Monday, February 1, 2010

Noir City no. 5: Gloria Grahame

Or, as Noir City called Saturday night's theme, "The Magnificent Gloria Grahame". Lucky enough for this year's noir audience, this was a last minute tribute thrown together when Harry Belafonte pulled out of attending the Odds Against Tomorrow (1959) screening. I assume, then, that this was supposed to be a tribute to Belafonte instead. Don't get me wrong, he's a wonderful performer and hardly difficult to look at, but he's not a noir actor. I can't even think of a film they could have appropriately paired with Odds. Grahame, on the other hand, fits the movement (because noir is much more than a genre) like a glove. Her strong-willed floozies with that hint of neglect and sadness behind the eyes are second to none. When it comes to the noir dame, Gloria Grahame is it. (With Ida Lupino, of course, right behind her. As David Thomson said, "If only she [Lupino] and Gloria Grahame could have played wicked sisters".)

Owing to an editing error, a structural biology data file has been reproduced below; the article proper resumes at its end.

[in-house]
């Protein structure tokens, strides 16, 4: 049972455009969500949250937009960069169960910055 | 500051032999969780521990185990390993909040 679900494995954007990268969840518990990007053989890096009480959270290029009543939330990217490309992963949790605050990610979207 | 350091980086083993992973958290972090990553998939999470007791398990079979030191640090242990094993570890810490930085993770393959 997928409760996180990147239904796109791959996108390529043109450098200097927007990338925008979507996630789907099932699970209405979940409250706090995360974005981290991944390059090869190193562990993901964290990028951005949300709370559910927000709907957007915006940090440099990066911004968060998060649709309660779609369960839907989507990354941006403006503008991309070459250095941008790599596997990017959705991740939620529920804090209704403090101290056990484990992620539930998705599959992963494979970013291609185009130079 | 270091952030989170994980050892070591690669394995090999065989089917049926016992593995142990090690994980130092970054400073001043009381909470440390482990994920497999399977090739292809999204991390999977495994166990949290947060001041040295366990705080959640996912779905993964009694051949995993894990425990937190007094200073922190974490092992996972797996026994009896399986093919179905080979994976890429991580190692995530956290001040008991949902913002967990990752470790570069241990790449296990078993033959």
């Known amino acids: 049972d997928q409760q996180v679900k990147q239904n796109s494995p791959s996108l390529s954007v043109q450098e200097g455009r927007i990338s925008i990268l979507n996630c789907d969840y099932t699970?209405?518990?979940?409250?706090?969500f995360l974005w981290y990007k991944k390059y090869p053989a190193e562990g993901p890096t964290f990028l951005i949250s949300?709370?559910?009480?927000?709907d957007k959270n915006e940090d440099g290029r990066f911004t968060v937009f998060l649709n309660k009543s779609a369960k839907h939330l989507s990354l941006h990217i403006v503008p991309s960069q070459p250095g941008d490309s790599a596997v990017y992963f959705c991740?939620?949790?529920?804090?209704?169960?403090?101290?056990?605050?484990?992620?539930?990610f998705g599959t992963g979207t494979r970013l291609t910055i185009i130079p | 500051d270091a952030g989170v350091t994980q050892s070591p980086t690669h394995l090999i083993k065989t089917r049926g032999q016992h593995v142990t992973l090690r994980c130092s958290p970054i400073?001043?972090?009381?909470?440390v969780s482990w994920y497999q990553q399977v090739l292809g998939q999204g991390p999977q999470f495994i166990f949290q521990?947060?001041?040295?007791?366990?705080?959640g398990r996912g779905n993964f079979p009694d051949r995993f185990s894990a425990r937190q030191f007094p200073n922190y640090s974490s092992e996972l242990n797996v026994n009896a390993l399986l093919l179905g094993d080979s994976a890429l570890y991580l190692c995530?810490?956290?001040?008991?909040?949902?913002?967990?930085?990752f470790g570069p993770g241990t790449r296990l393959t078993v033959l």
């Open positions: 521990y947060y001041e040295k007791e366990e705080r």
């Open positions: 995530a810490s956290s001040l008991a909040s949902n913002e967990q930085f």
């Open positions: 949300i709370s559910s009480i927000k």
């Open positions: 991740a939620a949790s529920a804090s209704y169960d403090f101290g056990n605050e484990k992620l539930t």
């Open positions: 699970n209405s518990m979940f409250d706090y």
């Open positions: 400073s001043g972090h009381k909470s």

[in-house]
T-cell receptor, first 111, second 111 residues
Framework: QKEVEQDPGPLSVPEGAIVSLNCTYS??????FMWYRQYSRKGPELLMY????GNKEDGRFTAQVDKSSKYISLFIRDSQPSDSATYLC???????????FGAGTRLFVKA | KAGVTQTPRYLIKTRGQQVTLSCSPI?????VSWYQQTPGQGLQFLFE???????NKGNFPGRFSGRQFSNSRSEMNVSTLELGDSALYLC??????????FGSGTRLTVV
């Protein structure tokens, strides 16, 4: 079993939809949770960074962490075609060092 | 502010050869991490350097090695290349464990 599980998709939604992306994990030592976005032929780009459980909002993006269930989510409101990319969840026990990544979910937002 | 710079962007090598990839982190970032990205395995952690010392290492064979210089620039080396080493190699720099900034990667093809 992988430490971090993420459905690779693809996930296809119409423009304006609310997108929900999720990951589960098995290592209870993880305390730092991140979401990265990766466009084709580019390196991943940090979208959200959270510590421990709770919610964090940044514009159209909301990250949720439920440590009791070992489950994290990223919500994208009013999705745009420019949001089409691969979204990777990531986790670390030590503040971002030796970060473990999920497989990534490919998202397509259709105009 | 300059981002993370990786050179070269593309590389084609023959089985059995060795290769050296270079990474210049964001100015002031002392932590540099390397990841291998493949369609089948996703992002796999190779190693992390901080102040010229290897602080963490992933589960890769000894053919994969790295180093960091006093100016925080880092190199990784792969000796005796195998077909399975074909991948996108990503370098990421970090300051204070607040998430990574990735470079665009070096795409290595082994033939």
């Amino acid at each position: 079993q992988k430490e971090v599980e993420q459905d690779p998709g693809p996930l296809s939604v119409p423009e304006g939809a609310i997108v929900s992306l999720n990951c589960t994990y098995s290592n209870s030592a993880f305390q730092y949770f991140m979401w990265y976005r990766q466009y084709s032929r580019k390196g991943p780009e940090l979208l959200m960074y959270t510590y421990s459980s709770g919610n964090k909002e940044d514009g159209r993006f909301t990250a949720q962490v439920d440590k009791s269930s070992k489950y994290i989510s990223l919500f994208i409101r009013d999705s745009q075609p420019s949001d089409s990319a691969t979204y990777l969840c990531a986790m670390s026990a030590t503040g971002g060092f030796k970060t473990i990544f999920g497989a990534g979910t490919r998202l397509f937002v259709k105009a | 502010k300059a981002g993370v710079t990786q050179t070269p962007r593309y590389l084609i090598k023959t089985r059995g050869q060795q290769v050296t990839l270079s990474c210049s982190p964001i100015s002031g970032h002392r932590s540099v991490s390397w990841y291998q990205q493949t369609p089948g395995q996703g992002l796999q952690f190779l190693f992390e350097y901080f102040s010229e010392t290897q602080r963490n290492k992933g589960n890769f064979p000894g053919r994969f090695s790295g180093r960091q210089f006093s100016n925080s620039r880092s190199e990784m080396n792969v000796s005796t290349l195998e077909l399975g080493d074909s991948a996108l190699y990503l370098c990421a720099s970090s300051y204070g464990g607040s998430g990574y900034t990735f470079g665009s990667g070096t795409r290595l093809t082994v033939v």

As a Grahame tribute this double bill was a bit disappointing. Eddie Muller himself admitted that a Gloria Grahame tribute should never be an afterthought, or something you simply fall back on. Unfortunately, this was the case, and she was hardly done justice with Odds Against Tomorrow concluding the evening. She has no more than two short scenes in this film, and she's so good that you feel jilted for not getting more. Her opening line, while peeking curiously through a neighbor's door, was something along the lines of, "What's going on in here? An orgy?" And this was 1959.

Fritz Lang's Human Desire (1954), however, was a perfect showcase for Grahame's talent and magnetism. The print was beautiful, Glenn Ford was his usual great self, and Broderick Crawford gave a spark to Carl Buckley that was missing from La Bête Humaine (1938). If only they had paired this with The Big Heat (1953), another Lang-Ford-Grahame collaboration, or In a Lonely Place (1950), the evening would have been pure bliss.

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